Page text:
Many women, including myself, face a spectrum of emotions after having a child. When I look back at my blissful pregnancy, and what I see of those pregnant around me, it goes something like this: For over nine months we are nurtured through prenatal care. Midwives quell our anxieties, doulas and coaches are at our every need, doctors try to adhere to our every sickness and questions, friends gift us with massages and showers. Family members are there with advice. Strangers open the doors for us....And then our baby is born. Easy, right? HA!
Fast forward a few weeks (or sometimes longer) with a child in your arms: You might feel alienated (I did), scared (I did), and possibly on the verge of either a major crisis—postpartum depression—where you feel like you’ve completely lost yourself (me again!). Lack of sleep, hormonal imbalance, breastfeeding struggles, living away from family, and too few ladies’ nights leave us stuck in survival mode.
With my son's 2nd birthday approaching next week, I started to look back and remember those difficult months immediately following his birth in the fall of 2013. Maybe you can relate with a stint of postpartum that I expereinced after having my son, Camden. I was beyond fortunate to not have a full blown case of postpartum depression (and my heart goes out to those women that have to endure the severity and extreme cases of PPD), but I definitely hit the spectrum after he was born. My 'baby blues' (as some like to call it, even though I think that term majorly downplays the actual 'blues' that take place) started from day 2 post hospital and lasted roughly 3 months (things started balancing out for me when he was around 12-14 weeks old, which was the same time he started sleeping through the night. I am no expert but I am sure they were related!)
There were many times that I would be crying in the shower, as the shower seemed my only place of peace and refuge. Sometimes I wouldn't even know why I was crying or sad. I remember being irate with my husband and other family members that came to help. No matter how much they tried to be there for me, I felt like my needs were being completely overlooked and brushed aside. I was just a flat out hormonal basket case, but more than that, I was imbalanced and sick. I would find myself trying to hide away in my own home, staring off into space; nothing eased my anxiety. I would be happy one minute, and super moody and angry the next. I wanted no one around, but yet was super co-dependent at the same time. I loved every ounce of my new child, but yet thought I had ruined my life by becoming a mother. I remember thinking to myself as I was breastfeeding early on "What the F were you thinking!?! Becoming a mother was the dumbest idea you have ever had..."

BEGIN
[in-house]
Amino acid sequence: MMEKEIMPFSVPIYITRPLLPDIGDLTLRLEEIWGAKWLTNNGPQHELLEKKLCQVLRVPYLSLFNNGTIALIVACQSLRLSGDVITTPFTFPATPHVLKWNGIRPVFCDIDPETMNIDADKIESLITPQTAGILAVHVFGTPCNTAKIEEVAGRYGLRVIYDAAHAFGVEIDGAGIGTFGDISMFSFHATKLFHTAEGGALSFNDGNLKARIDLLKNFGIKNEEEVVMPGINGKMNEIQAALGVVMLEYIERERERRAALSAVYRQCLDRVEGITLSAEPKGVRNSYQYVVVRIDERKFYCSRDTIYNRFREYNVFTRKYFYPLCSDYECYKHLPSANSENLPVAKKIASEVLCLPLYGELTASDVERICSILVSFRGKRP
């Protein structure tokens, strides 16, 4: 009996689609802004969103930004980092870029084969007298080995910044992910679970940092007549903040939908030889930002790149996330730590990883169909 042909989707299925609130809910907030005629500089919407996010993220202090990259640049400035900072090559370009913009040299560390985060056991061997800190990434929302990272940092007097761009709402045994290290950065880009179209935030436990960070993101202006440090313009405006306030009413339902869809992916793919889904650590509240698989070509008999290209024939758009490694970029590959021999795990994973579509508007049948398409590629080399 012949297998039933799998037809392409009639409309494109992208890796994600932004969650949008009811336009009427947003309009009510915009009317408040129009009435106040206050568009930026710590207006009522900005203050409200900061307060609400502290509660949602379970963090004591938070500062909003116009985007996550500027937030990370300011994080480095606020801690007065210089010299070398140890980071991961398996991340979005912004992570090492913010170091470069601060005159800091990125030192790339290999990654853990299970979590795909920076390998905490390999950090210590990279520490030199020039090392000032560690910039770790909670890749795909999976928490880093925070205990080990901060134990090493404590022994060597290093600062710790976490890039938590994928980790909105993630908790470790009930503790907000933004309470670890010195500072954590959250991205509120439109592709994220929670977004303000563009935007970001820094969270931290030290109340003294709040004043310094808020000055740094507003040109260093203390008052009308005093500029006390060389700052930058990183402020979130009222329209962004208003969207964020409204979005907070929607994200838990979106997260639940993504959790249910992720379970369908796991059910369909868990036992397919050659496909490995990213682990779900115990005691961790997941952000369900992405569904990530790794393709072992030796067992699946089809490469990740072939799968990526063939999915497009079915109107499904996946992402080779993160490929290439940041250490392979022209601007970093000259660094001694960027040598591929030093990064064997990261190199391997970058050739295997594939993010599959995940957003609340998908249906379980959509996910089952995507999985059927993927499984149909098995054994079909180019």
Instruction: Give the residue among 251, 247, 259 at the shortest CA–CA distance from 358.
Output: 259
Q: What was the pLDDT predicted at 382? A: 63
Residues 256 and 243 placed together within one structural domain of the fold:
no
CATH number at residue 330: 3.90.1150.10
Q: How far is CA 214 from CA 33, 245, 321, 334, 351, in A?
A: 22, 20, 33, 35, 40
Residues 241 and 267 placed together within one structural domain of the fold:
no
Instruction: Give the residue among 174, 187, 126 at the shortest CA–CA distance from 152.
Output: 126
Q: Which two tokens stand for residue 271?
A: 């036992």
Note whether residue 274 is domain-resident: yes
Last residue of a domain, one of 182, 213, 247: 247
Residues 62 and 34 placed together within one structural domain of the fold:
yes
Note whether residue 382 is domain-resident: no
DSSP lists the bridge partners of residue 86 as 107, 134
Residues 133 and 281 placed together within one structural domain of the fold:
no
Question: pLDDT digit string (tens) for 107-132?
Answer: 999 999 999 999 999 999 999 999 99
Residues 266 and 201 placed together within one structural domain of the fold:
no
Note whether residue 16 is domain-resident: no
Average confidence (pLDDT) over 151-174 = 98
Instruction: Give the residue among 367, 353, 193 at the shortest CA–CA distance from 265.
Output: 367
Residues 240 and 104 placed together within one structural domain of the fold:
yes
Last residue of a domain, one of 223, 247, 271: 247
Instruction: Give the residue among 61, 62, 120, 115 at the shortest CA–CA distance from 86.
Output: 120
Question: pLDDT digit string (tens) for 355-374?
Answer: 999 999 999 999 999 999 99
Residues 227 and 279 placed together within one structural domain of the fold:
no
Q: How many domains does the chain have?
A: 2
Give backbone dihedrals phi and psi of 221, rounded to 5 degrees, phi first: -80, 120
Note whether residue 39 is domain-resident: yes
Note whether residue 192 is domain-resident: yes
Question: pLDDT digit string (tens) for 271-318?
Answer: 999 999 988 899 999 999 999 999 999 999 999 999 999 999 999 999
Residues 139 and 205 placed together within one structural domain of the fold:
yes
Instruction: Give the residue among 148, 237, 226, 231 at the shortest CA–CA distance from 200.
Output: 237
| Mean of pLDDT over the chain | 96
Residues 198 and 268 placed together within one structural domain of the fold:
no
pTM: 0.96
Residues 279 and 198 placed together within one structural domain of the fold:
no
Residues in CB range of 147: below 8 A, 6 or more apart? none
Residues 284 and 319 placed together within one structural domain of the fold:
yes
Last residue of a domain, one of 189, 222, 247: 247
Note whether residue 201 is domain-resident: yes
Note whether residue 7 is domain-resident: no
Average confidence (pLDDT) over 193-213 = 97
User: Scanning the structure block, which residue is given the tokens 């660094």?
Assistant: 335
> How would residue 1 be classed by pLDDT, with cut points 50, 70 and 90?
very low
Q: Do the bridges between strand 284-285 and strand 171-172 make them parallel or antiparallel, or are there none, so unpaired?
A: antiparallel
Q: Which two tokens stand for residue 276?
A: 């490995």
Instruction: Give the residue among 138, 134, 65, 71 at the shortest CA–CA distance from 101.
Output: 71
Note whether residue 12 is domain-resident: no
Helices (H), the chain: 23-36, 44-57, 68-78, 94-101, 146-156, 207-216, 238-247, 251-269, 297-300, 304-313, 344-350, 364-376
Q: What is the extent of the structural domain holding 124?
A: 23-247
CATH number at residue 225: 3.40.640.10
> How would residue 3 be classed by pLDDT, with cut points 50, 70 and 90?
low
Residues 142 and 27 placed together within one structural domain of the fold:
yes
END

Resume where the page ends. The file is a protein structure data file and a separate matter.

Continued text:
As sad as it is to admit out loud, at the time it seemed like my truth. Looking back at it now it makes me grateful, because I was fortunate to have a husband, family and other amazing moms around me who took PPD seriously and supported me in what I needed for a healthier, balanced state of being.
Fast forward almost 2 years later, we have gotten into the routine of our new life as a family, We are even crazy enough to think about having a #2 (lol). I am a much better wife, daughter, sister, friend and overall human being on this earth because my sweet Camden is who God chose me to parent.
Even though I see my experience as a gift, I first hand realize postpartum depression is no joke. I have friends who are AMAZING women; strong, independent, nurturing, successful; find themselves in the never ending cycle of 'baby blues', or even more severe, full blown postpartum depression or postpartum psychosis. Postpartum is serious business, and must be addressed as so.
The weeks and months post labor and delivery are HARD. There are so MUCH we read and learn pertaining to pregnancy and the health of our baby, but for some reason no one ever really talks about or prepares you (THE MOTHER) for your healthy postpartum phase that follows. During labor your body its stretched, manipulated, poked, prodded and torn (or even more evasive, cut completely open if you have a C-section). I mean, think about that, your body goes through a complete altered physical state of being in such a short amount of time. Add in no sleep, as you've been laboring for God knows how long, and then you must use that depleted body of yours with the tiny bit of nutrients it may have left to nurture and feed this new little being.
Oh, and learning how to breastfeed and latch properly, don't even get me started! Also known as the hardest thing a woman can ever go through! In my experience, it was harder than labor, and I had a 100% natural childbirth! Your body has 9 entire months to physically and hormonally prepare for labor, but gets a mere days to physically and hormonally prepare for life post pregnancy. It's a complete shock in every sense of the word to your system.